After years of research, BMW is aiming to bring the vision of accident-free mobility closer to reality via BMW ActiveAssist – a package of partially and highly automated driving technologies. The experts at BMW Group Research and Technology have built a research prototype which can pilot its way at high speeds with exceptional precision, adhere to a marked out circular course regardless of road surface, and execute an obstacle-evading lane change.
Even when deliberately provoked into oversteer the highly automated prototype follows its path safely and along almost identical lines time after time. The sensors delivering the necessary information are akin to the standard fitted systems found on today’s vehicles.
Back in October 2009 the BMW Group rolled out its BMW Track Trainer research project to showcase highly automated driving on the ideal line around the gruelling Nurburgring-Nordschleife, race track. Developed by engineers at BMW Group Research and Technology, the BMW Track Trainer later demonstrated its effectiveness on other circuits including the Laguna Seca and Hockenheimring, among others.
The BMW Emergency Stop Assistant research project added further important insights to the knowledge pool. If the driver is weakened - for example by a medical emergency like a heart attack – the function switches the vehicle into highly automated driving mode, steer it safely to the side of the road and automatically activate an emergency call.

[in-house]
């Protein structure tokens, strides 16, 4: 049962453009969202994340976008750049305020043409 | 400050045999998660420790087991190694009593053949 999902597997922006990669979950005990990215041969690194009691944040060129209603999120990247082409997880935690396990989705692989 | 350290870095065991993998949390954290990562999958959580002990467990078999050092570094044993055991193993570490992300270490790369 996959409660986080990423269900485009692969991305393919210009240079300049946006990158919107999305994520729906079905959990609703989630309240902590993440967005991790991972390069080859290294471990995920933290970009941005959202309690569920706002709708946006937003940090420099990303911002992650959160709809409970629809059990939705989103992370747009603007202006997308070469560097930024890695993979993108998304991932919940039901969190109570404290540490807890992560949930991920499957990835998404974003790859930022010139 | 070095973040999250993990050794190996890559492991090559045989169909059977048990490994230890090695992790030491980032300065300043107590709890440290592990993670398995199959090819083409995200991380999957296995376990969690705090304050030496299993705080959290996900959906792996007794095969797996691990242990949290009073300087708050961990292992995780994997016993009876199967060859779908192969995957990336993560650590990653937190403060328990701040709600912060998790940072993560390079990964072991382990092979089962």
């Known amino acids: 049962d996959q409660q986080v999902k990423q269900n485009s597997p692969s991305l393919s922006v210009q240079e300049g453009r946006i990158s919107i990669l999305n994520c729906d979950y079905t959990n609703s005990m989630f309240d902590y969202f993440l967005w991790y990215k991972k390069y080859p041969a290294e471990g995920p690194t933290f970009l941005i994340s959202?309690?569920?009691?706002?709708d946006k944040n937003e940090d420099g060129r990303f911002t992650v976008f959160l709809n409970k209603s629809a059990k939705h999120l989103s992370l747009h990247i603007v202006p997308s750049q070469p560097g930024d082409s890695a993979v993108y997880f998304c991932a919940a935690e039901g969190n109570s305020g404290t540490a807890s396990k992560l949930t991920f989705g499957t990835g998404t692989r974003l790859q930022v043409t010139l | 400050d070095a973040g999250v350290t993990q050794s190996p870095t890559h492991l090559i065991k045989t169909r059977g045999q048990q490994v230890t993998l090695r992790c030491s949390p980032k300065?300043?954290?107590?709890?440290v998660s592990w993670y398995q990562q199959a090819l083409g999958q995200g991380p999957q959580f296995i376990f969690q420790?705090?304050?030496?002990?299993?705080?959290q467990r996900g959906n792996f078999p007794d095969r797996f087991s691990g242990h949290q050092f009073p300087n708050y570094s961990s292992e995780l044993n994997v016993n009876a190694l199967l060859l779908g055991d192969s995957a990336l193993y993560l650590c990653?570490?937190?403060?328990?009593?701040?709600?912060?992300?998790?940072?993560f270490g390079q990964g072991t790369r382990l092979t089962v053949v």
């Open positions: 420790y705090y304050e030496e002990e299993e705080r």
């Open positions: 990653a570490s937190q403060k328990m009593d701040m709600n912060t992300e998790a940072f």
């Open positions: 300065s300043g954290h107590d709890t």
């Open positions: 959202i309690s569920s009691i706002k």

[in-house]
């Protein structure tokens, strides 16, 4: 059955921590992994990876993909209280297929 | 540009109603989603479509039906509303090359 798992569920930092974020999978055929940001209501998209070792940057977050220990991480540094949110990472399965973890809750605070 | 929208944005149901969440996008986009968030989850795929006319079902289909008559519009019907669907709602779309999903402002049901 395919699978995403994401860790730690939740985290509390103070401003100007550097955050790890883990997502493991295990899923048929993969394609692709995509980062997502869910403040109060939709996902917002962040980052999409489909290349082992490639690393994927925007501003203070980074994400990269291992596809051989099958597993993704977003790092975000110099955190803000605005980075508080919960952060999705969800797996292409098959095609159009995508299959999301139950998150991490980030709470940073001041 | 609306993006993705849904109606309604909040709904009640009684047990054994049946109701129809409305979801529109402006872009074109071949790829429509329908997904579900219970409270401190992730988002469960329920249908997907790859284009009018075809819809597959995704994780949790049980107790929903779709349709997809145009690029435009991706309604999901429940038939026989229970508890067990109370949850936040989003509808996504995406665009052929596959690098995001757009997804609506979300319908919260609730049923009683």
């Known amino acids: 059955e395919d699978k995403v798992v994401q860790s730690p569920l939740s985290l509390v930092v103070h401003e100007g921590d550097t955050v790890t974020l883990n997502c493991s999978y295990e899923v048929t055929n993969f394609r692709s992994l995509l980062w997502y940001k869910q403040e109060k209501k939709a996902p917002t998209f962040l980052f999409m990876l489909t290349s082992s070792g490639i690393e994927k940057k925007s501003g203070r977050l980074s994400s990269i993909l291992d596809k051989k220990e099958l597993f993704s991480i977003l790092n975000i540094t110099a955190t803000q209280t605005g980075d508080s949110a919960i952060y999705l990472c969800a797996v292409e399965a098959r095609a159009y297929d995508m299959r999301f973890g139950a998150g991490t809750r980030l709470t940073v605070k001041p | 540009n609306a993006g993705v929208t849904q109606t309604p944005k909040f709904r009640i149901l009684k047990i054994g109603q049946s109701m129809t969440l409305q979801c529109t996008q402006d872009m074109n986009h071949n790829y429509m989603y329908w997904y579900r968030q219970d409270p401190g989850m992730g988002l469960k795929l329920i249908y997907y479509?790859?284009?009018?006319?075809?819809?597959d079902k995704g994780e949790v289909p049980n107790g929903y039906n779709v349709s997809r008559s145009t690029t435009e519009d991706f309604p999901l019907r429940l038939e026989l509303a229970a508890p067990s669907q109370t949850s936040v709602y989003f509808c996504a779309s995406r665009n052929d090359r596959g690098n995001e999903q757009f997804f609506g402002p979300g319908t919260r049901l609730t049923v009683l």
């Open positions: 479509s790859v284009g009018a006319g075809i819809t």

In 2011 a test vehicle covered 65km on a multilane highway in automated mode. The research prototype accelerated, braked and overtook other cars along the way without any driver intervention – while observing traffic laws and keeping pace with the traffic at speeds of up to 130km/h. The prototype has since covered approximately 15,000km.
Since February 2013 the BMW Group and Continental have been working together to introduce several test vehicles with close-to-production technology. The BMW Group’s next major goal is to introduce highly automated driving on European motorways and tackle the challenges - such as crossing national borders and negotiating roadworks